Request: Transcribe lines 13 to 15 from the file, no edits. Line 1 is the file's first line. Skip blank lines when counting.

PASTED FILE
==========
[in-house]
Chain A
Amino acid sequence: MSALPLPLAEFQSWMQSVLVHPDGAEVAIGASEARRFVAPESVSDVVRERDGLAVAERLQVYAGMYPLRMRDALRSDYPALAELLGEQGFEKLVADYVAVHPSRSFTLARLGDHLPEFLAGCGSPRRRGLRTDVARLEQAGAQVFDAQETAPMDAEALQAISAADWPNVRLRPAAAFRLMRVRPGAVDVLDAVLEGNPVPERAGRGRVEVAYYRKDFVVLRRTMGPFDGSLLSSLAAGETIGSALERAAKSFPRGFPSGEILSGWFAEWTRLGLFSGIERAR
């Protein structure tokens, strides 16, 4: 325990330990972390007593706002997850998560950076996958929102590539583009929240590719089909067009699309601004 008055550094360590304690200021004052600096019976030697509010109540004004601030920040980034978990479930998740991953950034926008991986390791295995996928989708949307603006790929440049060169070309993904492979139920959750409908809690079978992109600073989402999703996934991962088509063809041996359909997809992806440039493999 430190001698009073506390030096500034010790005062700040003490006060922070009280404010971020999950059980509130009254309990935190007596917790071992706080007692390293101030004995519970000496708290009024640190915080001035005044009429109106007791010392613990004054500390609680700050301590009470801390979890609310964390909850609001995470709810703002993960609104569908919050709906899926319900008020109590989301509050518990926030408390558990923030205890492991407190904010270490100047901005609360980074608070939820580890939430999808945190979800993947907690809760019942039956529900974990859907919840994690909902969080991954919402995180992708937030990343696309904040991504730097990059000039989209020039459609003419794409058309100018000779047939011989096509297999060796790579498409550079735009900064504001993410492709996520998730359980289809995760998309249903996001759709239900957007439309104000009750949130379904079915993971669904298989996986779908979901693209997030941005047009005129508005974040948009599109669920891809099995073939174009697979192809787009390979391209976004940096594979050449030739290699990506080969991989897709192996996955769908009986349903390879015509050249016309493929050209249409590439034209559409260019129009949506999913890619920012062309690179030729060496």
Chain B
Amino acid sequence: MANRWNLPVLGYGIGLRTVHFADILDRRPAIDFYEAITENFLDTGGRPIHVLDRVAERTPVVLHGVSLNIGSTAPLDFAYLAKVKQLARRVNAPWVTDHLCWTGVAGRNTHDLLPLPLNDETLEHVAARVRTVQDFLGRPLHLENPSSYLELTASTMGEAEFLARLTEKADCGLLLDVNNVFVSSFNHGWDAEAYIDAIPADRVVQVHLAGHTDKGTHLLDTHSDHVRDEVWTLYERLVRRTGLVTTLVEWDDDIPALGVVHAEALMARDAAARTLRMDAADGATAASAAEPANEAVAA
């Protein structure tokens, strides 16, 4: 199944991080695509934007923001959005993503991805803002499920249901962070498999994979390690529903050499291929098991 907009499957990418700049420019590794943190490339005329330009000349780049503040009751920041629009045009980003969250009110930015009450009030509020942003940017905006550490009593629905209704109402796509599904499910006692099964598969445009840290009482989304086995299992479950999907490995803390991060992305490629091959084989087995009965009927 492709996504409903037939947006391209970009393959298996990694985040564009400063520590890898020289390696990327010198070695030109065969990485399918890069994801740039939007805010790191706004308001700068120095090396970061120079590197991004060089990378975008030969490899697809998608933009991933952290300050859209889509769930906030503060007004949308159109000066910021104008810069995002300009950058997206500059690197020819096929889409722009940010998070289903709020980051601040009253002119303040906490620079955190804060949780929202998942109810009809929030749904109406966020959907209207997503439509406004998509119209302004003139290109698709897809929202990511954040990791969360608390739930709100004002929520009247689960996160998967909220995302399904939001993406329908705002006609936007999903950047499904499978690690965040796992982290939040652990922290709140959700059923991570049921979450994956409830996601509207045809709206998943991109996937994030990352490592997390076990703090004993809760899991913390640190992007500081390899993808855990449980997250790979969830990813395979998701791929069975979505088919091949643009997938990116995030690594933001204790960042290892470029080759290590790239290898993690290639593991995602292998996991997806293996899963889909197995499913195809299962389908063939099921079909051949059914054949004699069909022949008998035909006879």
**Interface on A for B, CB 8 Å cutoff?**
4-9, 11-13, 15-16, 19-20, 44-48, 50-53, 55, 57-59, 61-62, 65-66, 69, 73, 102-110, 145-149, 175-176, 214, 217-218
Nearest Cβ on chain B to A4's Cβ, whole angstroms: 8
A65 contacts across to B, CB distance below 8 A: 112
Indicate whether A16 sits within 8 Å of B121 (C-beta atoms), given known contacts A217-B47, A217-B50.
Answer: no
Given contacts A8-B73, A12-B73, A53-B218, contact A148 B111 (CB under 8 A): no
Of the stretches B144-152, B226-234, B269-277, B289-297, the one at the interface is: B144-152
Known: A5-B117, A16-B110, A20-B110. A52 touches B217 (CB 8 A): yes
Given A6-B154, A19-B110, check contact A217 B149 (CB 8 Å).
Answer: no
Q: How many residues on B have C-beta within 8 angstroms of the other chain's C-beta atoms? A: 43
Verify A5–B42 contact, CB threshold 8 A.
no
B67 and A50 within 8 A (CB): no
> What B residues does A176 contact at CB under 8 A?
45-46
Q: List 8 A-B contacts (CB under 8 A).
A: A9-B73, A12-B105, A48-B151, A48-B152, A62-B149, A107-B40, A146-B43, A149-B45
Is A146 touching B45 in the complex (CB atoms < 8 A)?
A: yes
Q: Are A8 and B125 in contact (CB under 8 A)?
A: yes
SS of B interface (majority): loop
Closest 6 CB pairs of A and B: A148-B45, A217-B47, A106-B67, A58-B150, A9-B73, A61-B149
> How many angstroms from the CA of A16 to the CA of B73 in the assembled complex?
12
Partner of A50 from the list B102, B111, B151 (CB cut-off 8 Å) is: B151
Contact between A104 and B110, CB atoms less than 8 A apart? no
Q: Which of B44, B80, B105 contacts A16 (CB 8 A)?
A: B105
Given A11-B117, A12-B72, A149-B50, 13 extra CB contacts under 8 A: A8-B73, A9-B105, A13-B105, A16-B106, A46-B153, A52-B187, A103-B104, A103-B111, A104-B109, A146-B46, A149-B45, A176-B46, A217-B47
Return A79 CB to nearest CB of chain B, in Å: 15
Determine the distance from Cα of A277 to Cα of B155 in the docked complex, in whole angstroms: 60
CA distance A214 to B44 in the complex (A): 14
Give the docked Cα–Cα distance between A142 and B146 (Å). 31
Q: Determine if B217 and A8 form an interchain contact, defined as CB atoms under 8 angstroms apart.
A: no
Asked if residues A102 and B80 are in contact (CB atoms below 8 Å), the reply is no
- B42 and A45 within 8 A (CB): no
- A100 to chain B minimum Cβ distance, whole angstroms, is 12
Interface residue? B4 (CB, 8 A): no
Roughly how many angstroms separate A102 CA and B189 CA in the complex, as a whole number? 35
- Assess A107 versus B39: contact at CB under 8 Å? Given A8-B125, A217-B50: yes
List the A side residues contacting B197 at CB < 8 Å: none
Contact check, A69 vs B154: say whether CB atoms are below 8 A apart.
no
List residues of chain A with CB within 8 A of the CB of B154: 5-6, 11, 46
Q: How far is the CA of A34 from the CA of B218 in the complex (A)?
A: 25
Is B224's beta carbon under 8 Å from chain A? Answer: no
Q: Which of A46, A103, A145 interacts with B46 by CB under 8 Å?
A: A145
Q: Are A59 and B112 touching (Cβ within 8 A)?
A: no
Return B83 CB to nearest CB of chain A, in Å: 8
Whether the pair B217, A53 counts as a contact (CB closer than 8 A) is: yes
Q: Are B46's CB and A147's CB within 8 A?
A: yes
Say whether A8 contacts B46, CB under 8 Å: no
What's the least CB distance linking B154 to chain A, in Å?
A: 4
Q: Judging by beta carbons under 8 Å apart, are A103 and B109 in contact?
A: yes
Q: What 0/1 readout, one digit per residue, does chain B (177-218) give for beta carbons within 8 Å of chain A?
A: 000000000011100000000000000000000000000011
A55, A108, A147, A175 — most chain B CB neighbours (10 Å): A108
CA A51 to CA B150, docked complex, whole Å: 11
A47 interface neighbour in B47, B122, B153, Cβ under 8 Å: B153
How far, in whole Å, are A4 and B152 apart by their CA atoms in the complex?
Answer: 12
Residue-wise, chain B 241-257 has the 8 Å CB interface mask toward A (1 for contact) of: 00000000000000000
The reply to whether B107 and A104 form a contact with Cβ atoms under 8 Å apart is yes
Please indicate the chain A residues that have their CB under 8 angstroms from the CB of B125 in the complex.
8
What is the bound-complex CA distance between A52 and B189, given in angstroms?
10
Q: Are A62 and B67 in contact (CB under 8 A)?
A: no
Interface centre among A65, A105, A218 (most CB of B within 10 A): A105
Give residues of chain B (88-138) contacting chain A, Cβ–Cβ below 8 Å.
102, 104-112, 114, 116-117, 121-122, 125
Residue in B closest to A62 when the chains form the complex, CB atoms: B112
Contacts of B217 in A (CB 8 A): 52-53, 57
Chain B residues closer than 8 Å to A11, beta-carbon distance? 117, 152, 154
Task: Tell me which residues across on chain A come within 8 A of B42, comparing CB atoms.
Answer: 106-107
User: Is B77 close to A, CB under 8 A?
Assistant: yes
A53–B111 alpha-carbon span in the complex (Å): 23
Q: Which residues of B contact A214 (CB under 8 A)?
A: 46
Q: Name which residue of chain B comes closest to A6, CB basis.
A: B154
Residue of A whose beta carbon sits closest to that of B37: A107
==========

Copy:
Answer: no
Given contacts A8-B73, A12-B73, A53-B218, contact A148 B111 (CB under 8 A): no
Of the stretches B144-152, B226-234, B269-277, B289-297, the one at the interface is: B144-152